Image from the archive of the Culver City Historical Society
The beginnings of Culver City were not as black and white as the movies that were filmed here. For many years this landscape was travelled through by the Native Americans who would harvest this area for food and materials. When the Spanish started to settle in California they referred to the Natives as `Los Gabrielinos´ because of their proximity to San Gabriel Mission. The first Spanish families in the early 1800´s based themselves within this fertile land, located between the Pacific coast and what is now Downtown Los Angeles. There were mainly two ranchos occupying what is today Culver City and were known as Rancho Rincón de los Bueyes and Rancho La Ballona.
Culver City´s heritage includes rich ties with the film industry as many major picture studios have established their headquarters here over the last century. Silent films, westerns and titles like Citizen Kane, The Wizard of Oz and King Kong have been produced in Culver City. Today, the movie industry still plays an important role in supporting the local economy thanks to the studios still in operation and the additional sectors that support them. Sony Pictures Entertainment is one of the main employers in the city having many Spanish descendants amongst their staff.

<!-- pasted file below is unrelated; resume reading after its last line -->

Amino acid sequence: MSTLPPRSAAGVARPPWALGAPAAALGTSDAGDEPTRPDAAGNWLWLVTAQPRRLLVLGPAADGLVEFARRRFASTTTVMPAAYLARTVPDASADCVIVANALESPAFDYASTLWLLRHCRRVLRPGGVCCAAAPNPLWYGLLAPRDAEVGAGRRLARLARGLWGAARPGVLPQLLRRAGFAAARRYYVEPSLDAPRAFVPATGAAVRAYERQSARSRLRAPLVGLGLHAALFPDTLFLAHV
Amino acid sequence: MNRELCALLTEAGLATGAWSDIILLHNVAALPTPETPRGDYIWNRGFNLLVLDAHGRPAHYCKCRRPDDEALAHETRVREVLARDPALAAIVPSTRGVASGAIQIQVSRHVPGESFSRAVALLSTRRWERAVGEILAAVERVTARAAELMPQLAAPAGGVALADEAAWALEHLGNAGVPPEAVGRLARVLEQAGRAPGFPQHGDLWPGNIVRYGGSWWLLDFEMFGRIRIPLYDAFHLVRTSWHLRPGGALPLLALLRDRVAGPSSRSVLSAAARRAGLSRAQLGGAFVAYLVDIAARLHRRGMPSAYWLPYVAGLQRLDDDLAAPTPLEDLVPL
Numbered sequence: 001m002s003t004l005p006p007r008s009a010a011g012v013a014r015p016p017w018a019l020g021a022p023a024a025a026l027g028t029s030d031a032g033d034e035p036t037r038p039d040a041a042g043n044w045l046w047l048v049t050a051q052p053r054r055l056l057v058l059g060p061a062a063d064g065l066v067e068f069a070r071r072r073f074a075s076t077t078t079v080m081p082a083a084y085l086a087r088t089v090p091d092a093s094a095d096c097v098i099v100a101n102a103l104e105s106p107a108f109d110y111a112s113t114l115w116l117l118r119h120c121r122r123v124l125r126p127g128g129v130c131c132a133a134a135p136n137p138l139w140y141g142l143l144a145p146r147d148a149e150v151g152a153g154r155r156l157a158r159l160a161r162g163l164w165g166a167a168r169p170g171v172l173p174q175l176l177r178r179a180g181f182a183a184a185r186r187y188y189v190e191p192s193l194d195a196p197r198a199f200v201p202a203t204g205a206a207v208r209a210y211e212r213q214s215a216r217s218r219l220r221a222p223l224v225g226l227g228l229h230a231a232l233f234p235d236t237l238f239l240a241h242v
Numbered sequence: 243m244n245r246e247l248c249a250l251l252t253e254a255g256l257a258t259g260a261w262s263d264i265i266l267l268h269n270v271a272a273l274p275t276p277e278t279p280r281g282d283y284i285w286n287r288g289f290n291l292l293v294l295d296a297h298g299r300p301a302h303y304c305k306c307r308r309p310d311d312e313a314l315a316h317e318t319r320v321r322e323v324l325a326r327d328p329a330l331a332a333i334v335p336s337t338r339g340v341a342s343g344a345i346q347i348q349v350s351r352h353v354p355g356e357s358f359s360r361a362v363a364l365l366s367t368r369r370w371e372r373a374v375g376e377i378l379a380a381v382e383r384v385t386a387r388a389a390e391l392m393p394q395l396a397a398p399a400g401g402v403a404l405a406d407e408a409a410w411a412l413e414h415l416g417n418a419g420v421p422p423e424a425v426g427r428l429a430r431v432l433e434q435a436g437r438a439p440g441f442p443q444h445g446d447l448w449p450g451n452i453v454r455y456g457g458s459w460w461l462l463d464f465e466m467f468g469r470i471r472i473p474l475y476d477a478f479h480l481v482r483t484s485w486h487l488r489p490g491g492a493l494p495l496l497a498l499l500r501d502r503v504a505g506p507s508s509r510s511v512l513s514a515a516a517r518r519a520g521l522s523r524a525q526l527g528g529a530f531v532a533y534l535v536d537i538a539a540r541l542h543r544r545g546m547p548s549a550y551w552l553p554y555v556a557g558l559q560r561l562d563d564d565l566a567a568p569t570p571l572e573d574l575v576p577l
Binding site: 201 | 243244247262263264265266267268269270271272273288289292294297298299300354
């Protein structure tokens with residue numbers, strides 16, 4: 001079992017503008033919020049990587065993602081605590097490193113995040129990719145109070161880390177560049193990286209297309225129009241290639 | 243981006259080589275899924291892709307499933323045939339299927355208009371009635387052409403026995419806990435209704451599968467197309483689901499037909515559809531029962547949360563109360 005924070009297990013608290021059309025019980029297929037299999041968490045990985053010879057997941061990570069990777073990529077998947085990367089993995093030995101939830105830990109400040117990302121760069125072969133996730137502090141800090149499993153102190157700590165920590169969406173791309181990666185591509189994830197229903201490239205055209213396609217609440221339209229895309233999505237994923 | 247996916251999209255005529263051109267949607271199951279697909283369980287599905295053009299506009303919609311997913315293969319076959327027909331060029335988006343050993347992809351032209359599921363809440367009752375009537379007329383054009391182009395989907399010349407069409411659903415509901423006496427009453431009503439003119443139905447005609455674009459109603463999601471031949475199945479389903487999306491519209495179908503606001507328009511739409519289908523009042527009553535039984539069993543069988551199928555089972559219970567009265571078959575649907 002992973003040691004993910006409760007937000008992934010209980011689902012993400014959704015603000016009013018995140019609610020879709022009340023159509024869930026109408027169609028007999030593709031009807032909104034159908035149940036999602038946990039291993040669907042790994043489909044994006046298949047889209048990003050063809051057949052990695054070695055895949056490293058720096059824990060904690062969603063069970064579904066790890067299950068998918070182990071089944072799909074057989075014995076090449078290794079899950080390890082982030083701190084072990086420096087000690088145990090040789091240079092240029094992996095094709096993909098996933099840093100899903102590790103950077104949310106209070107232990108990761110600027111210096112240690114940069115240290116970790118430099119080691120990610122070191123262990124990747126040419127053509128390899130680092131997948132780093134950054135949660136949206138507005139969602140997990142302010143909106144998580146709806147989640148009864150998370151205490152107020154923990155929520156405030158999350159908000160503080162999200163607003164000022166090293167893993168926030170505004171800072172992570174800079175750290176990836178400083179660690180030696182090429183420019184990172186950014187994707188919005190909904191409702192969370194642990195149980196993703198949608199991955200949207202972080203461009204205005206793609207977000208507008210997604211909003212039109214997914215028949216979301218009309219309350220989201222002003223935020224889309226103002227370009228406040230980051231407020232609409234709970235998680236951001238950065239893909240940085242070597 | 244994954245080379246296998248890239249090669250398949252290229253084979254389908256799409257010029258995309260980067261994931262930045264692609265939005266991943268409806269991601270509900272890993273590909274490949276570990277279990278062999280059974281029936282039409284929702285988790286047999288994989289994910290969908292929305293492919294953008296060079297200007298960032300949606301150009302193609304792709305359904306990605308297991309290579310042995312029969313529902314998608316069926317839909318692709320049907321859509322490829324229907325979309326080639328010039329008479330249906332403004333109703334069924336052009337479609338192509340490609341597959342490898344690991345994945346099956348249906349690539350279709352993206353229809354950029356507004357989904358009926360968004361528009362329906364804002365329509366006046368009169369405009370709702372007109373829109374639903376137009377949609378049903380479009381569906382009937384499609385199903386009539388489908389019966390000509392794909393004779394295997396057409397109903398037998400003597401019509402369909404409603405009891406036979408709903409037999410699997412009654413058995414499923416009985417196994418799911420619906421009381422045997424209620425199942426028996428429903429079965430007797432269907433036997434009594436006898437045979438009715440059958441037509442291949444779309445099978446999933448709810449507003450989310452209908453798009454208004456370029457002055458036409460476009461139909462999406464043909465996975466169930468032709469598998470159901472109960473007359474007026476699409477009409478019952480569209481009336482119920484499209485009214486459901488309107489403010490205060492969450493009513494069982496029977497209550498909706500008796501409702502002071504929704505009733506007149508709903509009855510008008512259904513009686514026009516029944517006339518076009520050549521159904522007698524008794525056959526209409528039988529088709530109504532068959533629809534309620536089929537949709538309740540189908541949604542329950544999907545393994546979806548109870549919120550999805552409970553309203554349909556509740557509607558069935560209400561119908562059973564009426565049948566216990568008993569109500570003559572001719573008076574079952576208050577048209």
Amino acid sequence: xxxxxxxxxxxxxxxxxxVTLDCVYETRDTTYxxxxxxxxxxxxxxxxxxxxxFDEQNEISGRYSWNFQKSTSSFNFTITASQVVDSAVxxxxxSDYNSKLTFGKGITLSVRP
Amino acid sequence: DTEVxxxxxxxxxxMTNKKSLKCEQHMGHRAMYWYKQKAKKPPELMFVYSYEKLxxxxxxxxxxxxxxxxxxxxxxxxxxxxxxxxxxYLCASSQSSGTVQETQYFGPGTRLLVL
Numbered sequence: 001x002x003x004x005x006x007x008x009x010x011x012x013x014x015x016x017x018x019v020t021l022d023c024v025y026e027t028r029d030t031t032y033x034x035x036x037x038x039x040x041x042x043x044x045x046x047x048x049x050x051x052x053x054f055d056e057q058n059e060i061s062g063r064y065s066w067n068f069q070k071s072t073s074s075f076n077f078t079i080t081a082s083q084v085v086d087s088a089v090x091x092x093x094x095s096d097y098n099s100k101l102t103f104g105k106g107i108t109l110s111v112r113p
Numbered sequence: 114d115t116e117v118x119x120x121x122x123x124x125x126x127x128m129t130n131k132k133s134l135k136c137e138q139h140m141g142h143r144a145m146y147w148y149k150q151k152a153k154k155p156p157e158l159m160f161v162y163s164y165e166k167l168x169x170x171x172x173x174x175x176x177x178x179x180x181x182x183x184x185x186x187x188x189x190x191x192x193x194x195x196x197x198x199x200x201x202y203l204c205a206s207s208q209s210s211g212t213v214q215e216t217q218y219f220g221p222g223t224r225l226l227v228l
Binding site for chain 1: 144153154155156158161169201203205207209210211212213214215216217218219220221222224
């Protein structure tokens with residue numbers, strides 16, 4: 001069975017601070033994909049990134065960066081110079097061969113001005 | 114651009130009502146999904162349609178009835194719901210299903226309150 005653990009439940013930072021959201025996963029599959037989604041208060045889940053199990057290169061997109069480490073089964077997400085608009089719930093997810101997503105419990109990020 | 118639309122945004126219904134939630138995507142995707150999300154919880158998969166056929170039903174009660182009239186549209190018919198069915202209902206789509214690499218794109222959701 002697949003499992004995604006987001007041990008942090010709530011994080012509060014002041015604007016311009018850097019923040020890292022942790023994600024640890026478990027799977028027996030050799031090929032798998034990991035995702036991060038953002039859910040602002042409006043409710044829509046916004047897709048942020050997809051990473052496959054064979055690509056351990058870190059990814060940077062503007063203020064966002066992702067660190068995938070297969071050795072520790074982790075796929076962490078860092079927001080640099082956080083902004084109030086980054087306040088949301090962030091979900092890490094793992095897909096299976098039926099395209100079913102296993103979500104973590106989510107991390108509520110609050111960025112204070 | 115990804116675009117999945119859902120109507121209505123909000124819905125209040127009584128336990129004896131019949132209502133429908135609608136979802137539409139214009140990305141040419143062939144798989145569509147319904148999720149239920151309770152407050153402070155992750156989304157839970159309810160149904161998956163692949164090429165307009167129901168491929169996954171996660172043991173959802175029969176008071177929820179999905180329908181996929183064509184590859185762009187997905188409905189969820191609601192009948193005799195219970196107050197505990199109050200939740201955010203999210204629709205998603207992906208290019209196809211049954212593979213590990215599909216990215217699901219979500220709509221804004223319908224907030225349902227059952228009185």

I met with Julie Lugo Cerra and Alexander King, members of the Culver City Historical Society Archives and Resource Center. I will be posting their interviews soon.
With Julie Lugo Cerra at the Culver City Museum